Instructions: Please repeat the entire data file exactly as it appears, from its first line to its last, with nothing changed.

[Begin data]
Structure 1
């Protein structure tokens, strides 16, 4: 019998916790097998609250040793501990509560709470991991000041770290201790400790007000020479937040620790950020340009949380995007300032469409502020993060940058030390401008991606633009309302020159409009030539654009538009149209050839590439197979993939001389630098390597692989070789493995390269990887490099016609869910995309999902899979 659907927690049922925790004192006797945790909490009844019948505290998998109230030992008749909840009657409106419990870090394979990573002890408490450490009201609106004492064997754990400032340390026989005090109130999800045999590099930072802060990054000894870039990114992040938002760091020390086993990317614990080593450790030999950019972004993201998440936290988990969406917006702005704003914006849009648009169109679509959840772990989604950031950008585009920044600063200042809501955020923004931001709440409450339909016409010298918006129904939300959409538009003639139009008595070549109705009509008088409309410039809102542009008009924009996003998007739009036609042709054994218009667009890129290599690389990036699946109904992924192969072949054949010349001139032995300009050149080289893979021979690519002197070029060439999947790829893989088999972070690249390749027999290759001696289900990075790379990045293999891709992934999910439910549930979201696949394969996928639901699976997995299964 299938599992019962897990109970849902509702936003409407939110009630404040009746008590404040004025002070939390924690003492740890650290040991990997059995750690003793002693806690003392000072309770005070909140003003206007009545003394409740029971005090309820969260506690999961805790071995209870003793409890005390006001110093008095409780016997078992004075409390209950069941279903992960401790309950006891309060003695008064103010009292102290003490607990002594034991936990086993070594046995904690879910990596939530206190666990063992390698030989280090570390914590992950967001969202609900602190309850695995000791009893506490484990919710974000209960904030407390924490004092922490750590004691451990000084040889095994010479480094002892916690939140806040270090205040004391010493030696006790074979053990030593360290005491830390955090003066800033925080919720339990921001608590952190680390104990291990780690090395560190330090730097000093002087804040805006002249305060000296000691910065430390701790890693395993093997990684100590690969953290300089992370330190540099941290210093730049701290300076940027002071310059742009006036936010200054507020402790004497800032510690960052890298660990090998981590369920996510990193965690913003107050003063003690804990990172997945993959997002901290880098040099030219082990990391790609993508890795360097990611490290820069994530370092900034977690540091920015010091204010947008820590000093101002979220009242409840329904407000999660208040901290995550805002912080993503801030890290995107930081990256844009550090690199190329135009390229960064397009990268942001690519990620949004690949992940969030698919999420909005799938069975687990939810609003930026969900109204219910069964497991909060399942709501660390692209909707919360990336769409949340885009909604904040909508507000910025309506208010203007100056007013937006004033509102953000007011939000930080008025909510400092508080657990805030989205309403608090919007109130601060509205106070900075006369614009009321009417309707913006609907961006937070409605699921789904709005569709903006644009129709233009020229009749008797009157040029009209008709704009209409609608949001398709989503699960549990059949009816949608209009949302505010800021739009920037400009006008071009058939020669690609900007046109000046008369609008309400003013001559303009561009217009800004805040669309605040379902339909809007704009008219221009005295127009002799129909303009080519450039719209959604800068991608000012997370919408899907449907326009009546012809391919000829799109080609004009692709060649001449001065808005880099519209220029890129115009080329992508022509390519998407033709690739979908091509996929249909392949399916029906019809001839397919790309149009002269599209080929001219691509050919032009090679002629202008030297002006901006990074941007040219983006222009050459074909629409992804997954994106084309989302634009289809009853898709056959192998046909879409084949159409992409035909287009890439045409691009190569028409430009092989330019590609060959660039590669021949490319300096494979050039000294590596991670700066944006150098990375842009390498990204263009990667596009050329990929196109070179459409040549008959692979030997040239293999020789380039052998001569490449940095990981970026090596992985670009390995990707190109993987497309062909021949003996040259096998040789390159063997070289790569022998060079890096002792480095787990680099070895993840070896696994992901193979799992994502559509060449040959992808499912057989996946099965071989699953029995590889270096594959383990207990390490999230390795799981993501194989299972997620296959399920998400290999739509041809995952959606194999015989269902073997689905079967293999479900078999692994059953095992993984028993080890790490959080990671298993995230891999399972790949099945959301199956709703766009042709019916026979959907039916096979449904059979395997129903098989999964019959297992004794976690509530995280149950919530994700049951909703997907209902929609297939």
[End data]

Structure 1
């Protein structure tokens, strides 16, 4: 019998916790097998609250040793501990509560709470991991000041770290201790400790007000020479937040620790950020340009949380995007300032469409502020993060940058030390401008991606633009309302020159409009030539654009538009149209050839590439197979993939001389630098390597692989070789493995390269990887490099016609869910995309999902899979 659907927690049922925790004192006797945790909490009844019948505290998998109230030992008749909840009657409106419990870090394979990573002890408490450490009201609106004492064997754990400032340390026989005090109130999800045999590099930072802060990054000894870039990114992040938002760091020390086993990317614990080593450790030999950019972004993201998440936290988990969406917006702005704003914006849009648009169109679509959840772990989604950031950008585009920044600063200042809501955020923004931001709440409450339909016409010298918006129904939300959409538009003639139009008595070549109705009509008088409309410039809102542009008009924009996003998007739009036609042709054994218009667009890129290599690389990036699946109904992924192969072949054949010349001139032995300009050149080289893979021979690519002197070029060439999947790829893989088999972070690249390749027999290759001696289900990075790379990045293999891709992934999910439910549930979201696949394969996928639901699976997995299964 299938599992019962897990109970849902509702936003409407939110009630404040009746008590404040004025002070939390924690003492740890650290040991990997059995750690003793002693806690003392000072309770005070909140003003206007009545003394409740029971005090309820969260506690999961805790071995209870003793409890005390006001110093008095409780016997078992004075409390209950069941279903992960401790309950006891309060003695008064103010009292102290003490607990002594034991936990086993070594046995904690879910990596939530206190666990063992390698030989280090570390914590992950967001969202609900602190309850695995000791009893506490484990919710974000209960904030407390924490004092922490750590004691451990000084040889095994010479480094002892916690939140806040270090205040004391010493030696006790074979053990030593360290005491830390955090003066800033925080919720339990921001608590952190680390104990291990780690090395560190330090730097000093002087804040805006002249305060000296000691910065430390701790890693395993093997990684100590690969953290300089992370330190540099941290210093730049701290300076940027002071310059742009006036936010200054507020402790004497800032510690960052890298660990090998981590369920996510990193965690913003107050003063003690804990990172997945993959997002901290880098040099030219082990990391790609993508890795360097990611490290820069994530370092900034977690540091920015010091204010947008820590000093101002979220009242409840329904407000999660208040901290995550805002912080993503801030890290995107930081990256844009550090690199190329135009390229960064397009990268942001690519990620949004690949992940969030698919999420909005799938069975687990939810609003930026969900109204219910069964497991909060399942709501660390692209909707919360990336769409949340885009909604904040909508507000910025309506208010203007100056007013937006004033509102953000007011939000930080008025909510400092508080657990805030989205309403608090919007109130601060509205106070900075006369614009009321009417309707913006609907961006937070409605699921789904709005569709903006644009129709233009020229009749008797009157040029009209008709704009209409609608949001398709989503699960549990059949009816949608209009949302505010800021739009920037400009006008071009058939020669690609900007046109000046008369609008309400003013001559303009561009217009800004805040669309605040379902339909809007704009008219221009005295127009002799129909303009080519450039719209959604800068991608000012997370919408899907449907326009009546012809391919000829799109080609004009692709060649001449001065808005880099519209220029890129115009080329992508022509390519998407033709690739979908091509996929249909392949399916029906019809001839397919790309149009002269599209080929001219691509050919032009090679002629202008030297002006901006990074941007040219983006222009050459074909629409992804997954994106084309989302634009289809009853898709056959192998046909879409084949159409992409035909287009890439045409691009190569028409430009092989330019590609060959660039590669021949490319300096494979050039000294590596991670700066944006150098990375842009390498990204263009990667596009050329990929196109070179459409040549008959692979030997040239293999020789380039052998001569490449940095990981970026090596992985670009390995990707190109993987497309062909021949003996040259096998040789390159063997070289790569022998060079890096002792480095787990680099070895993840070896696994992901193979799992994502559509060449040959992808499912057989996946099965071989699953029995590889270096594959383990207990390490999230390795799981993501194989299972997620296959399920998400290999739509041809995952959606194999015989269902073997689905079967293999479900078999692994059953095992993984028993080890790490959080990671298993995230891999399972790949099945959301199956709703766009042709019916026979959907039916096979449904059979395997129903098989999964019959297992004794976690509530995280149950919530994700049951909703997907209902929609297939």